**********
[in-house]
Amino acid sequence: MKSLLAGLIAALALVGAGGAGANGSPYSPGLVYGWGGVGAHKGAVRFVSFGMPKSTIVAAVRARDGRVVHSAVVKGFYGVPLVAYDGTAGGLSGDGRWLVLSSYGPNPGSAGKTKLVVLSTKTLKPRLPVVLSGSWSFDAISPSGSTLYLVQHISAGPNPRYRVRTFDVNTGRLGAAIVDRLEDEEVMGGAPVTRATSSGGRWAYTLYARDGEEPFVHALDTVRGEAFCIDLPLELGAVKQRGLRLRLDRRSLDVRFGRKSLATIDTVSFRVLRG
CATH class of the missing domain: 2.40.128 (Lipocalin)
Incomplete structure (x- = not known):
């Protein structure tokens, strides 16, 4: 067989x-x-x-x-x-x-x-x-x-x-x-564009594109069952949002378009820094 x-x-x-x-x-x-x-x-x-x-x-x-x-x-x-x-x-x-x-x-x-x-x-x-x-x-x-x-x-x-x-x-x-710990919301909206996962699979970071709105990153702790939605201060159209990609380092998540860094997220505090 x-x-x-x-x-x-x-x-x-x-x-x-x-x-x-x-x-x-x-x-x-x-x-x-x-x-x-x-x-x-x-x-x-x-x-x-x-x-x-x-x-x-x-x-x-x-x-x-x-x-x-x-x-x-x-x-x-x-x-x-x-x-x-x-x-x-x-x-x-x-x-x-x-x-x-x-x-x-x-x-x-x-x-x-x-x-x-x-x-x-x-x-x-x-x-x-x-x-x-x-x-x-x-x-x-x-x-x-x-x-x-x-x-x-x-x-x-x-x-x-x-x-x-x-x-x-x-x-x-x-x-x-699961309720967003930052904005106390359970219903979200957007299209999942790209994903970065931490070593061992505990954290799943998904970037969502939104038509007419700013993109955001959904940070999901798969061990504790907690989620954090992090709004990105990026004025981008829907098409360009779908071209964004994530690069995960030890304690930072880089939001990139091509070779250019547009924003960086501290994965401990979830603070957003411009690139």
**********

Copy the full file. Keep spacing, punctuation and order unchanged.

[in-house]
Amino acid sequence: MKSLLAGLIAALALVGAGGAGANGSPYSPGLVYGWGGVGAHKGAVRFVSFGMPKSTIVAAVRARDGRVVHSAVVKGFYGVPLVAYDGTAGGLSGDGRWLVLSSYGPNPGSAGKTKLVVLSTKTLKPRLPVVLSGSWSFDAISPSGSTLYLVQHISAGPNPRYRVRTFDVNTGRLGAAIVDRLEDEEVMGGAPVTRATSSGGRWAYTLYARDGEEPFVHALDTVRGEAFCIDLPLELGAVKQRGLRLRLDRRSLDVRFGRKSLATIDTVSFRVLRG
CATH class of the missing domain: 2.40.128 (Lipocalin)
Incomplete structure (x- = not known):
């Protein structure tokens, strides 16, 4: 067989x-x-x-x-x-x-x-x-x-x-x-564009594109069952949002378009820094 x-x-x-x-x-x-x-x-x-x-x-x-x-x-x-x-x-x-x-x-x-x-x-x-x-x-x-x-x-x-x-x-x-710990919301909206996962699979970071709105990153702790939605201060159209990609380092998540860094997220505090 x-x-x-x-x-x-x-x-x-x-x-x-x-x-x-x-x-x-x-x-x-x-x-x-x-x-x-x-x-x-x-x-x-x-x-x-x-x-x-x-x-x-x-x-x-x-x-x-x-x-x-x-x-x-x-x-x-x-x-x-x-x-x-x-x-x-x-x-x-x-x-x-x-x-x-x-x-x-x-x-x-x-x-x-x-x-x-x-x-x-x-x-x-x-x-x-x-x-x-x-x-x-x-x-x-x-x-x-x-x-x-x-x-x-x-x-x-x-x-x-x-x-x-x-x-x-x-x-x-x-x-x-699961309720967003930052904005106390359970219903979200957007299209999942790209994903970065931490070593061992505990954290799943998904970037969502939104038509007419700013993109955001959904940070999901798969061990504790907690989620954090992090709004990105990026004025981008829907098409360009779908071209964004994530690069995960030890304690930072880089939001990139091509070779250019547009924003960086501290994965401990979830603070957003411009690139």